POP Diesel's technology allows the use of fuels that it states are less carbon-intensive than other fuels, and POP Diesel argued in its petition that by considering only tailpipe rather than life-cycle GHG emissions of technologies and fuels, the agencies arbitrarily favor certain technologies and fuels and disfavor others. While reducing GHG emissions is a direct outcome of improving the fuel efficiency of the medium- and heavy-duty on-road fleet, the task that Congress gave to NHTSA was specifically to improve fuel efficiency. Therefore, any consideration that NHTSA may give to GHG emissions in general, and life-cycle GHG emissions in particular, is in the context of that directive. The final rule is performance-based and does not dictate particular technology. As the agency noted in the final rule,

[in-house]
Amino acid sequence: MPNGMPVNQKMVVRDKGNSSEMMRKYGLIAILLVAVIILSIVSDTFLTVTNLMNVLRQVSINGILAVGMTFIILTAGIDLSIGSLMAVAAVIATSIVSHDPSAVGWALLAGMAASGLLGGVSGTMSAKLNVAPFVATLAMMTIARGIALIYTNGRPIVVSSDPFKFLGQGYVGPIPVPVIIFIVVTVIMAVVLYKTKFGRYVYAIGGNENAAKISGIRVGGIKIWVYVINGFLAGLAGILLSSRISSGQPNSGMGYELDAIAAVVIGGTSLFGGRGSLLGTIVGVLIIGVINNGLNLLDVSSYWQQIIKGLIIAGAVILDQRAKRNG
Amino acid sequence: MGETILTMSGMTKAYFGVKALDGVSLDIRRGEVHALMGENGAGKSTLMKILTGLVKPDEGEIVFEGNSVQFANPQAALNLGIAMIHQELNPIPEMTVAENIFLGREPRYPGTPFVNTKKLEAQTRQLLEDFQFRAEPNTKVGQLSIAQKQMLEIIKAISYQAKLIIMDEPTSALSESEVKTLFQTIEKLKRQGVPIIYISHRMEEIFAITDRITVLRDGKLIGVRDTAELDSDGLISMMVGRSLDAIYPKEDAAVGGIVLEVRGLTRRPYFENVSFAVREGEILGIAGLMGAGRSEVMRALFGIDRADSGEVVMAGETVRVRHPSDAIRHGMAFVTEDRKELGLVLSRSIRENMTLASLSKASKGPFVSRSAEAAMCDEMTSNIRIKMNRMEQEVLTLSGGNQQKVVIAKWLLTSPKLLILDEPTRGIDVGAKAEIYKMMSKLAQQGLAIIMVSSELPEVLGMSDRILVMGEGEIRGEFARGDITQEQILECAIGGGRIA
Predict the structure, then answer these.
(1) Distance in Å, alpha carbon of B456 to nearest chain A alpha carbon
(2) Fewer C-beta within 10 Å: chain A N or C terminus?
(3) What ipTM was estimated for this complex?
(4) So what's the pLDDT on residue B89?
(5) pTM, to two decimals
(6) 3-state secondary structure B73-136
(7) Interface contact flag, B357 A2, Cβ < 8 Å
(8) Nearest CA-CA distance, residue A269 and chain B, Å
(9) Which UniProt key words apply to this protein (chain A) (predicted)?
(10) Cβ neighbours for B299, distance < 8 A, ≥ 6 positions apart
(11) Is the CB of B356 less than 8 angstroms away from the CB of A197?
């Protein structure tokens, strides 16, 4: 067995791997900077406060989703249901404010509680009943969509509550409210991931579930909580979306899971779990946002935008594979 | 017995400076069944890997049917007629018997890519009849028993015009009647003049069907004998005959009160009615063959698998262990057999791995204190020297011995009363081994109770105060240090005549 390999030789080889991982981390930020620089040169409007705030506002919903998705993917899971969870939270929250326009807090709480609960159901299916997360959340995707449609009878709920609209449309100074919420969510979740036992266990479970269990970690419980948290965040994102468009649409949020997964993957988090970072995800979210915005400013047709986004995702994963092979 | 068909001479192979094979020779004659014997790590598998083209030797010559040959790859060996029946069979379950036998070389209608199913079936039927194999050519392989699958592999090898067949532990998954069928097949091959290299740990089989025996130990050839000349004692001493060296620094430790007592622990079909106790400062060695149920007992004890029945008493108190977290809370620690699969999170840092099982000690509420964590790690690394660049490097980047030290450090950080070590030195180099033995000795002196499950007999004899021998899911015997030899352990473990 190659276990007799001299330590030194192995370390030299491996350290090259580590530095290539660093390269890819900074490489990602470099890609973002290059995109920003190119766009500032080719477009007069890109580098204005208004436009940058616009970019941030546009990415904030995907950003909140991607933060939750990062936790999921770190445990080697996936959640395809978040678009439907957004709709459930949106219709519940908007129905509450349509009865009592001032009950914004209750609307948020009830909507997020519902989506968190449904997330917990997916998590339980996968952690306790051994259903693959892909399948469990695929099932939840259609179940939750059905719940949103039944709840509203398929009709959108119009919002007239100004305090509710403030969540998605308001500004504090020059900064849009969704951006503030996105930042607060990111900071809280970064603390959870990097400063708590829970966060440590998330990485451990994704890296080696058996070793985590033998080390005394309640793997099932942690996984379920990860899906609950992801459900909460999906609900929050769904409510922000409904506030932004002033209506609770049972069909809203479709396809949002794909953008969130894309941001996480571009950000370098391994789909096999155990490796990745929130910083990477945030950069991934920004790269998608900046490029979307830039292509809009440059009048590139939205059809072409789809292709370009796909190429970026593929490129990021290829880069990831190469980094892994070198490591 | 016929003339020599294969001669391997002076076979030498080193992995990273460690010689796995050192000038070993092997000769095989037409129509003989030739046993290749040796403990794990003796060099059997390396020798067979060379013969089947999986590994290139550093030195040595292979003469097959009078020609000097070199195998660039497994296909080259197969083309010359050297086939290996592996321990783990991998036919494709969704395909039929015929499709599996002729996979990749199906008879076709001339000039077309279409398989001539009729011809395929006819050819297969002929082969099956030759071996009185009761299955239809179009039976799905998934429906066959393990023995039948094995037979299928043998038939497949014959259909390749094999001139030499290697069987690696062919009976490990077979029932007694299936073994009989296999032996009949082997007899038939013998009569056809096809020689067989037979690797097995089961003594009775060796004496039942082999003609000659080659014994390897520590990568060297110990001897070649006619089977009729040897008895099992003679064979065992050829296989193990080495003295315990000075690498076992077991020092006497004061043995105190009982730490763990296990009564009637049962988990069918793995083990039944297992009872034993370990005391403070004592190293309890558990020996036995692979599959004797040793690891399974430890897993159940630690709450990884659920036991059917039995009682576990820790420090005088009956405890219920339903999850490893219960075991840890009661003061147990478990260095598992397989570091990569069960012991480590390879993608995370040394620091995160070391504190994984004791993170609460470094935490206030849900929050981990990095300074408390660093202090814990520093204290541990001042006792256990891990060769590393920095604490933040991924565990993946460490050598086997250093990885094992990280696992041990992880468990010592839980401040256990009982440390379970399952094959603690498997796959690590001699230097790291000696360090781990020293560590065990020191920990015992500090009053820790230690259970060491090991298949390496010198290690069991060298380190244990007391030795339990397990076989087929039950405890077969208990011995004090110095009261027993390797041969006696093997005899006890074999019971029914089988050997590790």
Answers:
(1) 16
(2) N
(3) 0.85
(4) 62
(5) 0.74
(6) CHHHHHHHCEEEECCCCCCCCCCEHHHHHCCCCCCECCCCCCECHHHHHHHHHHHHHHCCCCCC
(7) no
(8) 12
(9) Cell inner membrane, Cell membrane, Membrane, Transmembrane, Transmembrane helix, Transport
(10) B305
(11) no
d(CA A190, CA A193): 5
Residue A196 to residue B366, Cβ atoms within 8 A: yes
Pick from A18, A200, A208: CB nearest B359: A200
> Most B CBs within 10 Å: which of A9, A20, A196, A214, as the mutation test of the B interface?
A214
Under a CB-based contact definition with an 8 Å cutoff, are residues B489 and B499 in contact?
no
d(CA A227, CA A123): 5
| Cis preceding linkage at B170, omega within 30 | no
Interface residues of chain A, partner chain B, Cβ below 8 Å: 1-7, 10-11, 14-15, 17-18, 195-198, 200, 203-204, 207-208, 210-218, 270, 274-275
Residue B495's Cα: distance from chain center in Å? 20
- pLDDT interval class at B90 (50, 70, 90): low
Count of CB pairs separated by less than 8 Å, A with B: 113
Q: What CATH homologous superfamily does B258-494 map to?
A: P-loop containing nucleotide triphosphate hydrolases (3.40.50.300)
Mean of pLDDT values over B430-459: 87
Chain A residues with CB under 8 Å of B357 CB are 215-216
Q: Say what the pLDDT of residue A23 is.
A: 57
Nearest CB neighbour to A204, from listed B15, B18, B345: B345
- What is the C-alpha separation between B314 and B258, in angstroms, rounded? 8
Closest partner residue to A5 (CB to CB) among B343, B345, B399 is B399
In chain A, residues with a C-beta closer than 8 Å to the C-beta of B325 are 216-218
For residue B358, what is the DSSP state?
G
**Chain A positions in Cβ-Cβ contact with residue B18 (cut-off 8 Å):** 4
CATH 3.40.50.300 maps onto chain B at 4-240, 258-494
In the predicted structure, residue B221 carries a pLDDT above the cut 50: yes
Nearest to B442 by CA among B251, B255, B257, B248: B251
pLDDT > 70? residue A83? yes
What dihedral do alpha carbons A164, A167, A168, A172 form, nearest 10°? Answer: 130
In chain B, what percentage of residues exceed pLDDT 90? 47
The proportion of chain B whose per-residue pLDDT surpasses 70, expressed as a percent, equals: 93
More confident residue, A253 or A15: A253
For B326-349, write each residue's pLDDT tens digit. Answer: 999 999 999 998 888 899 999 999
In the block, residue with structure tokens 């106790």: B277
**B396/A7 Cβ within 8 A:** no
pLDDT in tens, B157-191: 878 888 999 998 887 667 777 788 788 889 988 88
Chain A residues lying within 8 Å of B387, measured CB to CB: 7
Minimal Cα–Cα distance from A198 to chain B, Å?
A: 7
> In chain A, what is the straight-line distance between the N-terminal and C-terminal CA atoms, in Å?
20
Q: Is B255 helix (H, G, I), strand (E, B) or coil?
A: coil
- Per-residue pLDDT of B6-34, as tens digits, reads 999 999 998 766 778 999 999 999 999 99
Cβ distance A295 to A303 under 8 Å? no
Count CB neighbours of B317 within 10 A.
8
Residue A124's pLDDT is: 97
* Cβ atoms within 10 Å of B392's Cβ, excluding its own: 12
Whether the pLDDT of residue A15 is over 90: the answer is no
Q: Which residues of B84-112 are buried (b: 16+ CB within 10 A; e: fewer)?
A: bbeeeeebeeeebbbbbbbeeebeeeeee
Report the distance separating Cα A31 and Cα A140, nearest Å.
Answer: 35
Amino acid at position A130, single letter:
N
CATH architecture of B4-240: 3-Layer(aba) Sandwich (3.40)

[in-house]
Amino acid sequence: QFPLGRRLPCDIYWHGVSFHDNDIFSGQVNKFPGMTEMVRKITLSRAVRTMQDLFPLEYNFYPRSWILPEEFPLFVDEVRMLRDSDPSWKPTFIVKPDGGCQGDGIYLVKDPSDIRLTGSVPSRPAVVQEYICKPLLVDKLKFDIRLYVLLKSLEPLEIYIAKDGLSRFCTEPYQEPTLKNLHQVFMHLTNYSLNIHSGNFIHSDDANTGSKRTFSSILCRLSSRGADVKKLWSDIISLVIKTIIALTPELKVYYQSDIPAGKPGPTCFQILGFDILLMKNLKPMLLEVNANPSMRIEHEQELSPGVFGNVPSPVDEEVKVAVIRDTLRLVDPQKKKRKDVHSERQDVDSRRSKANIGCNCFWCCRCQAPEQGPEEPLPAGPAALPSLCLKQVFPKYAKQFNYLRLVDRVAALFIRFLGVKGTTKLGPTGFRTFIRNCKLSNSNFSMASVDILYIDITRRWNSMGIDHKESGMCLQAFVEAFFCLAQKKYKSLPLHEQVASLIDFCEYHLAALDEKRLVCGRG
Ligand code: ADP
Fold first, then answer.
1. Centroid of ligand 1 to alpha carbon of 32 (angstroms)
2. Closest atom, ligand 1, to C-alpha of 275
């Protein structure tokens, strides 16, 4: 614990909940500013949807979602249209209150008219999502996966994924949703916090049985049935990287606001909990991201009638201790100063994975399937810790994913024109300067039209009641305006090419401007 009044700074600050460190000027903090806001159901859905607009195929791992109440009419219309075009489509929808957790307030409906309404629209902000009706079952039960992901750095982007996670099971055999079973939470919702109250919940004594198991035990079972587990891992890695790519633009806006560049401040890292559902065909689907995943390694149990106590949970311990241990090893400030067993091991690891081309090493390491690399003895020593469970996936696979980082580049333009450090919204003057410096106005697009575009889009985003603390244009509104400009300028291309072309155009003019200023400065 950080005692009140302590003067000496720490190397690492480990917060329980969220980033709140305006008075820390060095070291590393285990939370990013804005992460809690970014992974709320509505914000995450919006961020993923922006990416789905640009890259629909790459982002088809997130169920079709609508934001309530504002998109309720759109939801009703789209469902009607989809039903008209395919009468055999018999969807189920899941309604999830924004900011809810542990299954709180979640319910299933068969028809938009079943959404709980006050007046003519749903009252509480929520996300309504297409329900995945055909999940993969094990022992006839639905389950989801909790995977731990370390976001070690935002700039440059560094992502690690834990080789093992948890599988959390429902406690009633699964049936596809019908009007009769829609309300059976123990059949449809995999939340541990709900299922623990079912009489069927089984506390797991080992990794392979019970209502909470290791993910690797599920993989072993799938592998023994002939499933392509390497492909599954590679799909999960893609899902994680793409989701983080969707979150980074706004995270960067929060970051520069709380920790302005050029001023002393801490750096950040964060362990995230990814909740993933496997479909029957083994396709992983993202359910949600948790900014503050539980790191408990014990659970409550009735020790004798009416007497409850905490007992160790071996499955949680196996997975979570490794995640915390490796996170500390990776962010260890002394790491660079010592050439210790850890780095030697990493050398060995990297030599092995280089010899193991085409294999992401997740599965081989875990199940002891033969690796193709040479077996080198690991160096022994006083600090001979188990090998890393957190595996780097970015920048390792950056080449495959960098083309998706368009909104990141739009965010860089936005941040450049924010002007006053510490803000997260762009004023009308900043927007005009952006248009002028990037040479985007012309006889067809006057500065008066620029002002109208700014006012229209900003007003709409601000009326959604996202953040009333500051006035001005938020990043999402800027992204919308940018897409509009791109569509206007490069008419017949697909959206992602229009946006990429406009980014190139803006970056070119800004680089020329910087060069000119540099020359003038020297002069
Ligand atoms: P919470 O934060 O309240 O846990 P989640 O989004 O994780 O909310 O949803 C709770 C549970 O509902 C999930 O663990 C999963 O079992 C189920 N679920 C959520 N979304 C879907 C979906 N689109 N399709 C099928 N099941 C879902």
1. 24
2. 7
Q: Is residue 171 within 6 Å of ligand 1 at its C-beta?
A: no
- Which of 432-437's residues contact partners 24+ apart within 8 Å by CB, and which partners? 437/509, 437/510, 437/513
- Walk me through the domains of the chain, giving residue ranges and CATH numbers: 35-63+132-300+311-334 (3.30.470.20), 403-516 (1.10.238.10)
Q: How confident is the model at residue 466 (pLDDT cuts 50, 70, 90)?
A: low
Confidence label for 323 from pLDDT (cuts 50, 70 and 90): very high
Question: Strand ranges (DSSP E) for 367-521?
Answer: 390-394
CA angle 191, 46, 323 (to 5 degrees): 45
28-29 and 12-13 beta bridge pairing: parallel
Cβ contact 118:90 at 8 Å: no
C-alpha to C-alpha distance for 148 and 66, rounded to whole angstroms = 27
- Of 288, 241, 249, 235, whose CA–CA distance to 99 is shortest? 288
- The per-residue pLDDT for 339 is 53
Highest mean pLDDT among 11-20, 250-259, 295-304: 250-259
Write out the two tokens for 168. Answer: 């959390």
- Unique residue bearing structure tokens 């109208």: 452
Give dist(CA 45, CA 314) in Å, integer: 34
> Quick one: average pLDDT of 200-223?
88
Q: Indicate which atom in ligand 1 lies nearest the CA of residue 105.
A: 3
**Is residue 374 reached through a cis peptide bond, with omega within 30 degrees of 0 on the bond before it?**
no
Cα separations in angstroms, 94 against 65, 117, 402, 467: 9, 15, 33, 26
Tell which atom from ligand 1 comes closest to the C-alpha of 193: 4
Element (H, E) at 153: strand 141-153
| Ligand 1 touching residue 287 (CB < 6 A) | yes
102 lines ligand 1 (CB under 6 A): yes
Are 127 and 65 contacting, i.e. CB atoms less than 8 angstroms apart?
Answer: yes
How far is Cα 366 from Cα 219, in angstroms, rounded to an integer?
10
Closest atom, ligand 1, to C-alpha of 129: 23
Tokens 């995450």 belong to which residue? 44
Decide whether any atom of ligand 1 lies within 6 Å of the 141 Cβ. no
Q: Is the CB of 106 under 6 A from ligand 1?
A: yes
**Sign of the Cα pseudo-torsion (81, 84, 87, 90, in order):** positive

As POP Diesel noted, the agency calculates the fuel consumption performance of engines and heavy-duty pickup trucks and vans by measuring tailpipe CO
This approach makes it unnecessary to distinguish among alternative fuel types in setting the standards, and this first phase of NHTSA's medium- and heavy-duty regulation does not include reductions in GHG emissions that do not translate directly to fuel consumption. Even if this were not the case, NHTSA believes that POP Diesel's claims regarding the commercial viability of pure vegetable oil and POP Diesel's proprietary technology to enable its usage in medium- and heavy-duty vehicles are speculative.